Additionally both the databases offer performance improvement through key distribution mechanisms.RDS offers sharding capability and with carefully designed keys, customers can extract more performance. Redshift has options for SORT KEY and DIST KEY, which if used correctly can aid in performance improvements in joins and complex queries.
Redshift vs RDS: Maintenance
RDS is low on maintenance compared to Redshift because of its simpler architecture. All the administrative tasks are automated and there is nothing much the end-users need to do to maintain it.
Redshift needs some administrative tasks to be executed manually by the cluster administrator. It uses delete markers for DELETE and UPDATE queries. This means there needs to be an archival process for the actual deletions and this is to be done using the VACUUM command. This command should be executed by the cluster administrator. Redshift also recommends executing the ANALYZE command periodically to ensure all metadata and table statistics are kept updated.
Redshift vs RDS: Data Structure
Since RDS is basically a relational data store, it follows a row-oriented structure. Redshift, on the other hand, has a columnar structure and is optimized for fast retrieval of columns. RDS querying may vary according to the engine used and Redshift conforms to Postgres standard.
Redshift does not do a good job when it comes to enforcing unique constraints in insertion keys and it is expected that the end-users will manage it themselves. RDS offers support for unique key constraints in all the database engines.
Redshift vs RDS: Security
Both RDS and Redshift offers the full suite of security and compliance. They ensure data is encrypted at rest and in transit. It is also possible to isolate the instances using a virtual private cloud network. AWS identity and access management allow close control of permissions enabling the customers to decide who can do what in the instance types. Support for SSL is also standard in both cases.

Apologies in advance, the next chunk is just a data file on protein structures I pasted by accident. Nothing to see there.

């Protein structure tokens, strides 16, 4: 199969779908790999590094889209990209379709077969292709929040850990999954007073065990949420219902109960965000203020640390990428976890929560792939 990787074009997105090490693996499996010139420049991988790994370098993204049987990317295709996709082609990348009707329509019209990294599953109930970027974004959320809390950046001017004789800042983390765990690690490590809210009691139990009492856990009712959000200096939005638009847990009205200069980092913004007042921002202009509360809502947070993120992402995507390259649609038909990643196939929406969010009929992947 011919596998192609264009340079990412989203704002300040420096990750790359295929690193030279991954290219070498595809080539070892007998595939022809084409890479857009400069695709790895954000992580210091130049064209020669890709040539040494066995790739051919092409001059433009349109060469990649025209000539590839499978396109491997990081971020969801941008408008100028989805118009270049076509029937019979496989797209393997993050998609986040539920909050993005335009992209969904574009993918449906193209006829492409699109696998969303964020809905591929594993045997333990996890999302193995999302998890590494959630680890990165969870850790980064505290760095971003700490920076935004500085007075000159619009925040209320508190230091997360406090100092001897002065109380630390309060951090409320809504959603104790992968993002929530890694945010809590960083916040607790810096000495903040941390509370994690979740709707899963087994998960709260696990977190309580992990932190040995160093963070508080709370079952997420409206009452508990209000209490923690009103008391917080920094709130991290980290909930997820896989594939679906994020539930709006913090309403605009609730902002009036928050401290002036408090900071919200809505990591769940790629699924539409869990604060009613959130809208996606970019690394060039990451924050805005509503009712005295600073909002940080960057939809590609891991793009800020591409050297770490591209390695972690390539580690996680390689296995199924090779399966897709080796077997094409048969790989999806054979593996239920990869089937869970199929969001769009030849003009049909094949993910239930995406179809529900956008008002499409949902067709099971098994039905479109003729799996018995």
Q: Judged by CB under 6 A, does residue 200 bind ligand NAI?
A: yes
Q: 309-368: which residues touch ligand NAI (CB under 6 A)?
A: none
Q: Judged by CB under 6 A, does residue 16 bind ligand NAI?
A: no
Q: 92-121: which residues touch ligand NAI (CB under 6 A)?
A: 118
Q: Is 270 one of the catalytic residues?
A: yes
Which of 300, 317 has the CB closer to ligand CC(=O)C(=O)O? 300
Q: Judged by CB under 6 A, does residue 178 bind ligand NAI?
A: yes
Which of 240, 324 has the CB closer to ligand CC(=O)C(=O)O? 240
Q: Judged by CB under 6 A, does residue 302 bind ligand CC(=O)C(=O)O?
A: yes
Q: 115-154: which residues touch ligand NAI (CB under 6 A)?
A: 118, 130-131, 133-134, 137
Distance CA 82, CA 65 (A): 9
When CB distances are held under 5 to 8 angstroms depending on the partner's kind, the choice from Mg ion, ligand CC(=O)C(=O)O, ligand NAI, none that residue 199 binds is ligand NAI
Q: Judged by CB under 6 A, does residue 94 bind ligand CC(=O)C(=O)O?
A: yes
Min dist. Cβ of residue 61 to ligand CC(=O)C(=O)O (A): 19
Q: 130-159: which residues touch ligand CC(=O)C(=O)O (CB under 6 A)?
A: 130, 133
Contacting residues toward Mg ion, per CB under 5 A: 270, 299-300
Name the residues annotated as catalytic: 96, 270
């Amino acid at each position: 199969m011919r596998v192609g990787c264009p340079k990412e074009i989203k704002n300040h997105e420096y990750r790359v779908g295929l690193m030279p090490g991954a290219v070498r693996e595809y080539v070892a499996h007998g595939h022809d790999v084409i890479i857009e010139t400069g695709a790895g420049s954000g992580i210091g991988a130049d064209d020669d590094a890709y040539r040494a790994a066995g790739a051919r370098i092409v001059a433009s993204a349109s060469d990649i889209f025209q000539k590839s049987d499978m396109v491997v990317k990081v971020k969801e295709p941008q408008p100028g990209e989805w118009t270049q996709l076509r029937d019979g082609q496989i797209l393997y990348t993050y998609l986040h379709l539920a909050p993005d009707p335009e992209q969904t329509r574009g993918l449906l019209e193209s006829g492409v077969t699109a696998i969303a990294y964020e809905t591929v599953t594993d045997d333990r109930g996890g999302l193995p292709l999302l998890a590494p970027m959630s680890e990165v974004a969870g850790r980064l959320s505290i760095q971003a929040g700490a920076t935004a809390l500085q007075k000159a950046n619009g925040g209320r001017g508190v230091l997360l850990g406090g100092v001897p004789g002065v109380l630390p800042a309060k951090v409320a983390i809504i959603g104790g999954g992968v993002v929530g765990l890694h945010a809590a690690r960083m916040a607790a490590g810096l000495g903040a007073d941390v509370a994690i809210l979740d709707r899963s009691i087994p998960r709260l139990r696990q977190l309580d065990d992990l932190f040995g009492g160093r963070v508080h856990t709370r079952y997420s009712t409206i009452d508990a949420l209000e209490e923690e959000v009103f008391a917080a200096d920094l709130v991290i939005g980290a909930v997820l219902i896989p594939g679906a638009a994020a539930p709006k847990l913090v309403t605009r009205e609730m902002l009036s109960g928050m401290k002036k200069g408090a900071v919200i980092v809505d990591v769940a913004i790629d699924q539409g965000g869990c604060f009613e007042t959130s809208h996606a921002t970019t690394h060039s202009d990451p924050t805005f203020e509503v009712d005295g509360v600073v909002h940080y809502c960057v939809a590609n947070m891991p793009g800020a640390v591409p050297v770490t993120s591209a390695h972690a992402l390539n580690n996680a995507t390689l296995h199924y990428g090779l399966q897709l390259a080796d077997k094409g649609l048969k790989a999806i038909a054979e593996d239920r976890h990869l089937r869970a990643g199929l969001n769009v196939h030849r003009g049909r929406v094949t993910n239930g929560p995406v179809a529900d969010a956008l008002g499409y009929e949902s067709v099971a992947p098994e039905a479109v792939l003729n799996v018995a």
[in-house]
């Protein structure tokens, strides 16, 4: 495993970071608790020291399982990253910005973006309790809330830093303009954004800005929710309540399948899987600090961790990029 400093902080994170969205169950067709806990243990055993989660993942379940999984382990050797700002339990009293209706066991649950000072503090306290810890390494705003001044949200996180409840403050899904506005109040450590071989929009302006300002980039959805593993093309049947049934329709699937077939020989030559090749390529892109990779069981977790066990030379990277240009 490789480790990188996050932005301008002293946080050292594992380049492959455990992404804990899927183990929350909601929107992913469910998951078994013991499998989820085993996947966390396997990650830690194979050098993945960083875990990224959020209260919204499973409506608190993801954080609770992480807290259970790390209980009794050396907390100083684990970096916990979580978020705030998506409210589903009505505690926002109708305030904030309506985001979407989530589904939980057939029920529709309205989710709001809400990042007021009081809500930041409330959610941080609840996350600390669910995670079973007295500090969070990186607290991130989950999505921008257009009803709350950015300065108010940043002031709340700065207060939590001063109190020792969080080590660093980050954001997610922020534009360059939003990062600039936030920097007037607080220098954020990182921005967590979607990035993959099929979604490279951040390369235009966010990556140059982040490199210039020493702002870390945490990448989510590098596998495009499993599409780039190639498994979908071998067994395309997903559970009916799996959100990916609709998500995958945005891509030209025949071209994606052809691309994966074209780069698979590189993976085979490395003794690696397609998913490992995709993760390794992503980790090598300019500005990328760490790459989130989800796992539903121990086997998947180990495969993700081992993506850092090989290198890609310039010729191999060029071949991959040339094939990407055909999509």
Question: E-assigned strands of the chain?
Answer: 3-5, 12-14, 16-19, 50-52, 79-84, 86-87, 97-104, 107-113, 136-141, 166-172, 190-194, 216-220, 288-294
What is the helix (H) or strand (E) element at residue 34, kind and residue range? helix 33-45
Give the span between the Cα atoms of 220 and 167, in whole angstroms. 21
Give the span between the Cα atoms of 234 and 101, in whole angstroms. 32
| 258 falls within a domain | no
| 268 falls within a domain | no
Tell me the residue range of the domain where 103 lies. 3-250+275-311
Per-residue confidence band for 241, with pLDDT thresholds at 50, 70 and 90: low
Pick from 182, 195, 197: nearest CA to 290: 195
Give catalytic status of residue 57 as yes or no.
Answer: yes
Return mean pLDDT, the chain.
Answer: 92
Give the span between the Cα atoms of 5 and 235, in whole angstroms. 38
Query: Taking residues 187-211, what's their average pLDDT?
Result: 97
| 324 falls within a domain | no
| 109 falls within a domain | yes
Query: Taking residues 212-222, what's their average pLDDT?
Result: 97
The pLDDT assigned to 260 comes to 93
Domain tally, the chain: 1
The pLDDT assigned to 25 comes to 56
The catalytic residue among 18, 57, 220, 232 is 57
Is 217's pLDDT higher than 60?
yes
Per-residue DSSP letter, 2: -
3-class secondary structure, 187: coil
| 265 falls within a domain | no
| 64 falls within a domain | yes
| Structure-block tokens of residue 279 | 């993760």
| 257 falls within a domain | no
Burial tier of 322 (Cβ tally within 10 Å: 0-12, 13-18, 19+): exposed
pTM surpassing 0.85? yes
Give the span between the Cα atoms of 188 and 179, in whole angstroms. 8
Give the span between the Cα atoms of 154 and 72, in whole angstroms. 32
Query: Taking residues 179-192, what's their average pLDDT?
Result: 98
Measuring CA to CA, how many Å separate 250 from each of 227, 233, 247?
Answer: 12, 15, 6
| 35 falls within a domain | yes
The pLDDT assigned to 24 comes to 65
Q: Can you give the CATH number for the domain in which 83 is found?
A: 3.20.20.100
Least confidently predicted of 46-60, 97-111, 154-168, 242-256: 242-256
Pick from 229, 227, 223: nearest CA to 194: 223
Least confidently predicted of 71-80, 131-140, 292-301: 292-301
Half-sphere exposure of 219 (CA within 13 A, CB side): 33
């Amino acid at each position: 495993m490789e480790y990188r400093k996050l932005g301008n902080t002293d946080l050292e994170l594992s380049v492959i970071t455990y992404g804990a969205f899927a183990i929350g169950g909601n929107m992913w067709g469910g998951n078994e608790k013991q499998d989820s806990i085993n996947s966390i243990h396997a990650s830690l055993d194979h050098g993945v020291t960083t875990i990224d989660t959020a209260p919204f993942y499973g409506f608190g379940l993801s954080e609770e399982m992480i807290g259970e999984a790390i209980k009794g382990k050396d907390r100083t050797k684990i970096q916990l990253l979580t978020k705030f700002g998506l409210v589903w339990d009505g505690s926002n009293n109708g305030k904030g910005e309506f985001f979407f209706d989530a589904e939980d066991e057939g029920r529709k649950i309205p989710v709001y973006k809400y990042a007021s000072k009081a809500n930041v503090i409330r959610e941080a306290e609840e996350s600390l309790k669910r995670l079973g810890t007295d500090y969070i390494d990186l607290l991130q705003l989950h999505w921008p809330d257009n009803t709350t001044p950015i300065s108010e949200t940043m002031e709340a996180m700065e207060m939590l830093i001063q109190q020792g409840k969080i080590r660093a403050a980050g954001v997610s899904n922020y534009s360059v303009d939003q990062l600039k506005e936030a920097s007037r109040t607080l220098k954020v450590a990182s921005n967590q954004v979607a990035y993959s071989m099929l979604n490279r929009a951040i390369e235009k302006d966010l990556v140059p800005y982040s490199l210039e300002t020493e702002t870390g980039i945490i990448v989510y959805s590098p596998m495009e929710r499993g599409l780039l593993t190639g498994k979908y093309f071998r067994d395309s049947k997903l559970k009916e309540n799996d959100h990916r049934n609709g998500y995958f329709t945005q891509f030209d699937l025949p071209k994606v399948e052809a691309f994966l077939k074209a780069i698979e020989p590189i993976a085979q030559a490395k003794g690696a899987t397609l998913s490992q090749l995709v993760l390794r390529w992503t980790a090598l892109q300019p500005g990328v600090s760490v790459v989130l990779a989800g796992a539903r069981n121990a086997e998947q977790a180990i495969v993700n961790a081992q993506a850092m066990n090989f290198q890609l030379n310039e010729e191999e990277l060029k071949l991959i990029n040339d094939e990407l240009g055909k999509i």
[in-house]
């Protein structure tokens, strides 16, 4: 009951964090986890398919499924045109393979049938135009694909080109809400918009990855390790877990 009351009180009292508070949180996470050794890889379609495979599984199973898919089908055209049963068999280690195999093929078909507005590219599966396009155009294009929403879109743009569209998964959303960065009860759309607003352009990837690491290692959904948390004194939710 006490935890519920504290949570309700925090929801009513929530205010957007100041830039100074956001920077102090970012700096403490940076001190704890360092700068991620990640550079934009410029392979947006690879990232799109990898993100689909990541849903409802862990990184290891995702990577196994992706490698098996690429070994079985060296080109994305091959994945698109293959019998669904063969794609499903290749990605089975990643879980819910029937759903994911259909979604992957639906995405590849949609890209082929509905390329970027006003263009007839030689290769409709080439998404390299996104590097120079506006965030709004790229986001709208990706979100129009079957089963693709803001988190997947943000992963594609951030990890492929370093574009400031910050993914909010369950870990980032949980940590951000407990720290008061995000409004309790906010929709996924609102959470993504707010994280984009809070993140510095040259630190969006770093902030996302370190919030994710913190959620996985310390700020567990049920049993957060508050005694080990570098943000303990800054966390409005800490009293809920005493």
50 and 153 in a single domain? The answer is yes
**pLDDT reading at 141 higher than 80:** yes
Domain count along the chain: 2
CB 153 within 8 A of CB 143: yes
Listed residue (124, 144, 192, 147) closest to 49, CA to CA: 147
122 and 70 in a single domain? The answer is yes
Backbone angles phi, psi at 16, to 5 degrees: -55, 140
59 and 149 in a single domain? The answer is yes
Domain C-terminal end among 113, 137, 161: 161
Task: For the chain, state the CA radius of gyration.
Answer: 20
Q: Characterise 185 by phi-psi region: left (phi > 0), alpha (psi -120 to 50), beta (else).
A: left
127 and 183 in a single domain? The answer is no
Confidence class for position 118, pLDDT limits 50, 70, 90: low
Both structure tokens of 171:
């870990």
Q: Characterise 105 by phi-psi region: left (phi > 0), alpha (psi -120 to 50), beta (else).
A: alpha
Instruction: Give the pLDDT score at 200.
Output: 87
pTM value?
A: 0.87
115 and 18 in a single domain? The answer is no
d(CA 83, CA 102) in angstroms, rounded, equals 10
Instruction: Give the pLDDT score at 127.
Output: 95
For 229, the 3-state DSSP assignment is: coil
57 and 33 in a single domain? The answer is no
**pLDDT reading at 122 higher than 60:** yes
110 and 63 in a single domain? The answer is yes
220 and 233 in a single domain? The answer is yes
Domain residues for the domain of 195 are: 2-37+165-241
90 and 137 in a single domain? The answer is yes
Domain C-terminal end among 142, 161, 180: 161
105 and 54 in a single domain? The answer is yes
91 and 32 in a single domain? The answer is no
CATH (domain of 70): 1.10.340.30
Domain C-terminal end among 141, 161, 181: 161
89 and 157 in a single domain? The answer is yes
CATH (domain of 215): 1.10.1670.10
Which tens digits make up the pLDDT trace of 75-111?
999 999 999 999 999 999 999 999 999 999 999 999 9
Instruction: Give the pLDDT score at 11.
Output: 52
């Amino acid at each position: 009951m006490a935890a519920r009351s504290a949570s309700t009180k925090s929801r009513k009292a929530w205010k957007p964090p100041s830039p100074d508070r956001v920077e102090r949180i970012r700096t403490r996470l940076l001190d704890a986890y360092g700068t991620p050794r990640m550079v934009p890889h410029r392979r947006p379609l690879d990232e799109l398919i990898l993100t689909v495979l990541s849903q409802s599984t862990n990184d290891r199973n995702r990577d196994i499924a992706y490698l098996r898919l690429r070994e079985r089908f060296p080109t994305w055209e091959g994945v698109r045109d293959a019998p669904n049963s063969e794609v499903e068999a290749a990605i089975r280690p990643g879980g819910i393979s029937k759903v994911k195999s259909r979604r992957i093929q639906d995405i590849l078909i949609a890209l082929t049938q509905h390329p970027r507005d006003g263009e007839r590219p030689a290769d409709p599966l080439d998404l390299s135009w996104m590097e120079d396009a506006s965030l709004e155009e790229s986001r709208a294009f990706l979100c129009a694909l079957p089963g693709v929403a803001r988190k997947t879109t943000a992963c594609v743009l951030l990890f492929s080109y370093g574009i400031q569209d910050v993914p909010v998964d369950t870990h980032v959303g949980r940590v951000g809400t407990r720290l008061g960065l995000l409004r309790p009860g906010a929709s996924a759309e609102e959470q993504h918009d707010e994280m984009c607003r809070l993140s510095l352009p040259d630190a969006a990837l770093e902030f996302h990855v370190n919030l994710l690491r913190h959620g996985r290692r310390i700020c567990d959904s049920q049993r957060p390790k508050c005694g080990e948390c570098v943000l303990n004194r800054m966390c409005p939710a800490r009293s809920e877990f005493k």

For RDS, the database engine may provide additional security capabilities other than standard AWS features and it is the user’s responsibility to manage them. The case in point here is additional security settings like Oracle native network encryption and Oracle transparent data encryption, which are valid only for oracle database engines.
Redshift vs RDS – Use cases
Even though both RDS and Redshift offer database as a service, they are different in many ways as depicted in the earlier sections. Both are designed for different use cases and excels at the said use cases. We will try to enumerate the different scenarios in which these services work best in the below sections.
When to use Redshift?
- You want a petabyte-scale data warehouse and is not happy with traditional database engines
- Your analytical and reporting workload is heavy and can interfere with your OLTP database.
- Your queries span across millions of rows and you anticipate even more complex queries
- You anticipate a constant query workload and your cluster will be running for the most part of the day.
- You are ready to manage the uniqueness of your insertion keys yourselves and do not expect the database to ensure it.
- You have a willing team to put their head into DIST KEYS and SORT KEYS and structure data so that best performance is extracted.
When to use RDS?
- You want to use traditional databases in the cloud and the only requirement is to offload the database management.
- Your data volume is in TBs and you do not anticipate a large increase in the near future. RDS hits its storage limits at 64 TB.
- You have an online transaction processing use case and want instant results with lesser data.
- You don’t have queries that span across millions of rows and the query complexity is limited.
- Your reporting and analytical workloads are minimal and do not interfere with your OLTP workloads.
- Your budget is tighter and you have no intention to spend money anticipating future astronomical workloads.
This blog helped you differentiate between Redshift and RDS by considering some critical factors. You also learned the various use cases to leverage your Data Warehouses.
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Now that you have a fair idea of the strengths and limitations of both Redshift and RDS, what do you think suits your use case better? Let us know in the comments?